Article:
When Katy Rodriguez Wimberly came to UCI in the fall of 2016 to start her PhD in the Department of Physics and Astronomy, she came straight from a summer program offered by the university called “Competitive Edge.” The program gave her six weeks to get to know UCI, and to meet faculty and fellow grad students who gave her tips on how to do well in the years to come. The connections she made that summer helped her feel like she belonged in grad school, and that she was a part of the UCI community.
But when Competitive Edge ended and the school year began, that feeling of community all but vanished. “The only peer mentoring was that every first-year graduate student was assigned a more senior graduate student to have coffee with. “‘Here’s a coffee card, go chat’,” Rodriguez Wimberly recalls someone telling her. “That was it.”
Arianna Long, a third-year Physics and Astronomy grad student, did Competitive Edge the following year in 2017. Rodriguez Wimberly was one of her mentors, and, Long says, “it was wonderful and rich and structured, and I feel like I got so much out of it.”
But then the coffee card came, the school year started, and the richness vanished. “It was so deflating,” says Long. “Lots of mentors would just give the coffee card to their mentees and be like ‘here you go,’ and then evaporate.” Long did meet with her coffee card mentor, and she says the meeting was “nice,” but it became clear to her that her mentor did not have the training they needed to, well, be a mentor. “It felt like being dropped in an ice bucket,” she says.
Rodriguez Wimberly and Long stayed friends after they met in Competitive Edge, and they would spend hours talking about the swarm of questions that graduate school can be for a new student. How much should I be working every week? Are classes more important than research? How do I prepare for my qualifying exams?
Back then, there were few good answers.
“I’m over here just so scared that I was gunna get kicked out of the program because I was not gunna be able to pass the qual,” recalls Rodriguez Wimberly, who along with Long discovered they were not the only students struggling. Francisco Mercado, who started at UCI at the same time as Long, found when he began at UCI that he was completely unprepared for the level of coursework that awaited him. “That was one of the biggest stresses I had coming in,” he says. “Eventually, by the end of the first year, I was sort of figuring out what was going on.”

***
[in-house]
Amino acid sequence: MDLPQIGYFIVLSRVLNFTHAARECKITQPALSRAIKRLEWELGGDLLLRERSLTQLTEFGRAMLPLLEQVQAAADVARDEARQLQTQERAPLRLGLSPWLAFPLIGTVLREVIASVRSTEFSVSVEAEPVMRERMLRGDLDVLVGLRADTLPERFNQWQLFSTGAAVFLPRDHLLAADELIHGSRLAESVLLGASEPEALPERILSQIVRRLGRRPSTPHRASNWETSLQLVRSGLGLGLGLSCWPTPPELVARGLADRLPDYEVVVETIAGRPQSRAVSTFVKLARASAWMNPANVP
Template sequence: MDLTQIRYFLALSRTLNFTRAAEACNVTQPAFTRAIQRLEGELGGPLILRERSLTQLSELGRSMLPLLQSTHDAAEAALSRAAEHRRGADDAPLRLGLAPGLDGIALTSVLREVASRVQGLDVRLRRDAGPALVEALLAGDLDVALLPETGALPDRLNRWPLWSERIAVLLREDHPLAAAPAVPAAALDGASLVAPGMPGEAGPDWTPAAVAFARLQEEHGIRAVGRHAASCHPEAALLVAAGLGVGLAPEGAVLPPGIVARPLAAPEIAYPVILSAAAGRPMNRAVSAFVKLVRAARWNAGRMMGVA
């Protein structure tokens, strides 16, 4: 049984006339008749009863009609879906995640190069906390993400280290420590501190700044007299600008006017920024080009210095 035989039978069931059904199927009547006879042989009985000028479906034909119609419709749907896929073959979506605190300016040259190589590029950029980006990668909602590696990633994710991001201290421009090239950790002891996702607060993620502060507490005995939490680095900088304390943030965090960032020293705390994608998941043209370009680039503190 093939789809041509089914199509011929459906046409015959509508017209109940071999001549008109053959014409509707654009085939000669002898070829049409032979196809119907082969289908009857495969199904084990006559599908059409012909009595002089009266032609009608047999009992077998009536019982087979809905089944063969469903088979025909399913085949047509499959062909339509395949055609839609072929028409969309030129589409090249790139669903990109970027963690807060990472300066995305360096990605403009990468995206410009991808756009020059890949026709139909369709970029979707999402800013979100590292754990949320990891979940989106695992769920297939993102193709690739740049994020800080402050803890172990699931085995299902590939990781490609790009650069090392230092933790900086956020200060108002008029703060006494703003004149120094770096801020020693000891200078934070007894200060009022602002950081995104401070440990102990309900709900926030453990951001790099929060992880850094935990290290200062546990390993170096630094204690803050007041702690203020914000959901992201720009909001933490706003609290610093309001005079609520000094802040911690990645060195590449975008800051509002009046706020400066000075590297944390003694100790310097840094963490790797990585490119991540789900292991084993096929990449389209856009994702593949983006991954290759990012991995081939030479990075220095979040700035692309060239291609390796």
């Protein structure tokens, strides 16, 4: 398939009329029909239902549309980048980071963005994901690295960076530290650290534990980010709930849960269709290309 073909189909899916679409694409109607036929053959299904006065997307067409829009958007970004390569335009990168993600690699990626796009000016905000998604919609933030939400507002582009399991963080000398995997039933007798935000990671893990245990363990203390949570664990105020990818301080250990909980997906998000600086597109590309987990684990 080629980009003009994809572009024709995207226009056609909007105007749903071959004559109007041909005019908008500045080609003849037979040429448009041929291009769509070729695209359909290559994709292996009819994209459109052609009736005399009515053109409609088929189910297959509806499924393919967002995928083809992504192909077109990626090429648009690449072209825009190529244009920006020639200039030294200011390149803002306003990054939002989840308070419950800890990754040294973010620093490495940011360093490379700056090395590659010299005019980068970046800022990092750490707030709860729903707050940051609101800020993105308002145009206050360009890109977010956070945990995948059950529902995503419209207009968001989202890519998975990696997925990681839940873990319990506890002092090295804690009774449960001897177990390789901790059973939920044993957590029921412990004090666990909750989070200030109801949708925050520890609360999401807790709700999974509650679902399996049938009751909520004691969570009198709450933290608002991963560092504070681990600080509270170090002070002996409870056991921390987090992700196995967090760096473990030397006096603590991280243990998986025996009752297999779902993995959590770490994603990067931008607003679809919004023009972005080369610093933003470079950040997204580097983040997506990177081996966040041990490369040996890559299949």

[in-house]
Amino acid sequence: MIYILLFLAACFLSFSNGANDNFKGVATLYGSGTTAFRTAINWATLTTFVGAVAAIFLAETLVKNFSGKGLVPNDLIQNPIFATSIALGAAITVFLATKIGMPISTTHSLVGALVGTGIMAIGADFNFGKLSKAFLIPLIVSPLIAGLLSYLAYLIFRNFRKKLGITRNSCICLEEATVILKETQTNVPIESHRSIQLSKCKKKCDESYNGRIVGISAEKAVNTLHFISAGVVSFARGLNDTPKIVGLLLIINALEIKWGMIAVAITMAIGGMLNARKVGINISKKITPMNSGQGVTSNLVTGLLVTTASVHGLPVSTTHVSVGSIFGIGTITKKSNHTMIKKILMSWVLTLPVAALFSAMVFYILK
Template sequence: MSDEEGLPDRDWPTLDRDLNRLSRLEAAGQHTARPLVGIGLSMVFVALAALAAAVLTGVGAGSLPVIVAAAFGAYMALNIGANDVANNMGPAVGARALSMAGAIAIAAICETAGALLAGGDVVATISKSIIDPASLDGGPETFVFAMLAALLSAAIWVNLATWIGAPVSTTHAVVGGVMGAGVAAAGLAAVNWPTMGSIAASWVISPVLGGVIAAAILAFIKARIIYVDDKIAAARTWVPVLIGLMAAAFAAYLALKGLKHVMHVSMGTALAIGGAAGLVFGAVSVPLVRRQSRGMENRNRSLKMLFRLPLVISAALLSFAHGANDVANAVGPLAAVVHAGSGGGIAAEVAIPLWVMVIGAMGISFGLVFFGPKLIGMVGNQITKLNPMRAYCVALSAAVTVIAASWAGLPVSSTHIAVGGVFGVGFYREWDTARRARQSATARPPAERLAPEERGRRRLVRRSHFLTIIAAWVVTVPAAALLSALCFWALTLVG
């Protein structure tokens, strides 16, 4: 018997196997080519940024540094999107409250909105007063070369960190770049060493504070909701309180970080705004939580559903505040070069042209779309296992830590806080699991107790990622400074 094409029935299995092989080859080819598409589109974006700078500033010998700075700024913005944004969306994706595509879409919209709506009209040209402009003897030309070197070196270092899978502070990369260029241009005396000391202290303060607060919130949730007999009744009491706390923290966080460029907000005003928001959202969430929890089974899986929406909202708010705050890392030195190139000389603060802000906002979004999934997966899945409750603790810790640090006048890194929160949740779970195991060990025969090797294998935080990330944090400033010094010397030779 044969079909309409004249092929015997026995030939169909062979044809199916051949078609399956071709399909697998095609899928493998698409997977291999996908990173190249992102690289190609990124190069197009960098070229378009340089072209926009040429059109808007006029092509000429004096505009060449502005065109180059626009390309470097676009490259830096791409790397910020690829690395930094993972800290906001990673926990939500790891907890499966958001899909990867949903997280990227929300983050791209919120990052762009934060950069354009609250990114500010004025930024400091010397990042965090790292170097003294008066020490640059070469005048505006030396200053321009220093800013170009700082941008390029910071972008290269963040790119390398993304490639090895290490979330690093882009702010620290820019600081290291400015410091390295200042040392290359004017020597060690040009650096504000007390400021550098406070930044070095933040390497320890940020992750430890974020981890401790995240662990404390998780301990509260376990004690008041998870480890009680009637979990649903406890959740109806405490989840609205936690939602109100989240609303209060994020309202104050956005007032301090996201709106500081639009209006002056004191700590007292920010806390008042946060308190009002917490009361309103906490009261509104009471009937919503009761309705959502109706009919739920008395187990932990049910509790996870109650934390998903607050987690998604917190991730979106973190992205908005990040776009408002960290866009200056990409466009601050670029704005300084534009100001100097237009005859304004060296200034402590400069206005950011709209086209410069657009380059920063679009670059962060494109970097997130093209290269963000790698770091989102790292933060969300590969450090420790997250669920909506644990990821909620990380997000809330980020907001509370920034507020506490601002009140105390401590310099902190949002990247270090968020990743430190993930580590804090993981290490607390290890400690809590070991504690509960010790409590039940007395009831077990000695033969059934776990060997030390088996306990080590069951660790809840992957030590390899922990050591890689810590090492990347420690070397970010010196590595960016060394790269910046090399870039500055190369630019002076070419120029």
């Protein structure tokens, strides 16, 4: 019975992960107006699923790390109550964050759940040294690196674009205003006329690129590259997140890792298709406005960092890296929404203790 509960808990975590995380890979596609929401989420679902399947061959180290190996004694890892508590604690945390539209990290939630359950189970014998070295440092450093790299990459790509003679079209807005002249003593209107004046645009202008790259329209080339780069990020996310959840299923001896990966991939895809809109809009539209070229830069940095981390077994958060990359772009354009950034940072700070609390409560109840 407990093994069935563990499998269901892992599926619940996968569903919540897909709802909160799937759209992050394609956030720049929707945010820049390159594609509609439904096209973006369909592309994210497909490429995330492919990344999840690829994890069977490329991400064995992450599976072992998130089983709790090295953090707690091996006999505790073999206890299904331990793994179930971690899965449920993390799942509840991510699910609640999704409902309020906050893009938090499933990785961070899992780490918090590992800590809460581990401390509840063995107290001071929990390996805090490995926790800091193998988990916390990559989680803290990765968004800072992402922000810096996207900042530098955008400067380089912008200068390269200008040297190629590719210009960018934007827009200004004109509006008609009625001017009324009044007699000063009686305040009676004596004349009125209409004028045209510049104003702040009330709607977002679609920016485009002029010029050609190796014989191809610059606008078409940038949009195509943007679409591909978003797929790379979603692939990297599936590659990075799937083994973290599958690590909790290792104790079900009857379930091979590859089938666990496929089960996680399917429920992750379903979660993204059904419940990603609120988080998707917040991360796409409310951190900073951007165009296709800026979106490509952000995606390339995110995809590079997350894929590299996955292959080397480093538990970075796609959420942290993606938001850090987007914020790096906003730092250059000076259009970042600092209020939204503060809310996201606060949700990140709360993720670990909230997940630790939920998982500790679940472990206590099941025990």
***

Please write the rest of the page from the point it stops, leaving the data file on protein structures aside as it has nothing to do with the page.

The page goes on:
Now, three years later, things are different. Out of the ice bucket that students like Rodriguez Wimberly, Long and Mercado fell into arose Physics & Astronomy Community Excellence, or PACE, which is a cadre of mentors who guide students through the icy questions that can define a first-year grad student’s life. The coffee card meetings remain, but now anyone who wants to mentor a new grad student are required to take a three-hour mentoring course given by PACE.
First-year graduate students also answer a questionnaire, and PACE uses their answers to pair them with mentors who are a good match.
Now, once a month on Fridays, PACE mentors take over one of the classes that all first-year grad students have to take. They call the monthly session “Fire Up Fridays,” and PACE leaders like Long and Rodriguez Wimberly, who are PACE’s co-organizers, use the class to talk about the questions that once plagued them — like how to face quals. “I can just see kind of the stress melt away from some of the first-years, and I’m like ‘oh, I so wish that had been me’,” Rodriguez Wimberly says.
PACE mentors talk about work-life balance with mentees, and they field topics like the stereotype that it’s normal for grad students to work relentless hours, sometimes sleeping at work so they can get more work done. “If you’re just talking to faculty, they’re just gunna be like ‘do as much as you can’,” says Long. But PACE provides time and space for students to understand that their health does not need to be a slave to school.
PACE is only three years old, but Long and Rodriguez Wimberly already see the program’s legacy taking shape. Every mentor that the two recruited last August, Long explains, was either a first-year student who went through PACE, or was a mentor returning to the program. That was “the moment that I realized we’re doing something awesome,” Long says.
Rodriguez Wimberly felt PACE’s legacy when she shared a stress-relief tip with students about to face their qualifying exams. “‘I lived off Hot Cheetos’,” she told them. “I was on my Hot Cheeto soap box telling everybody: ‘just comfort eat, just get through it, you’ll be OK.’” One mentee took what she said to heart, and the mentee drank Slurpee upon Slurpee in the lead-up to her exams. Then, when that mentee became a mentor herself, and when first-years asked her how to prepare for quals, she told them: “‘comfort food, eat comfort food’,” recalls Rodriguez Wimberly, who after seeing her own words echoing through generations of students, thought: “‘This is it, we’ve done it!’” she says.
PACE is not perfect. Mentors receive no pay for what they do, and Long and Rodriguez Wimberly one day want to change that.
For now, though, the ice is out of the bucket.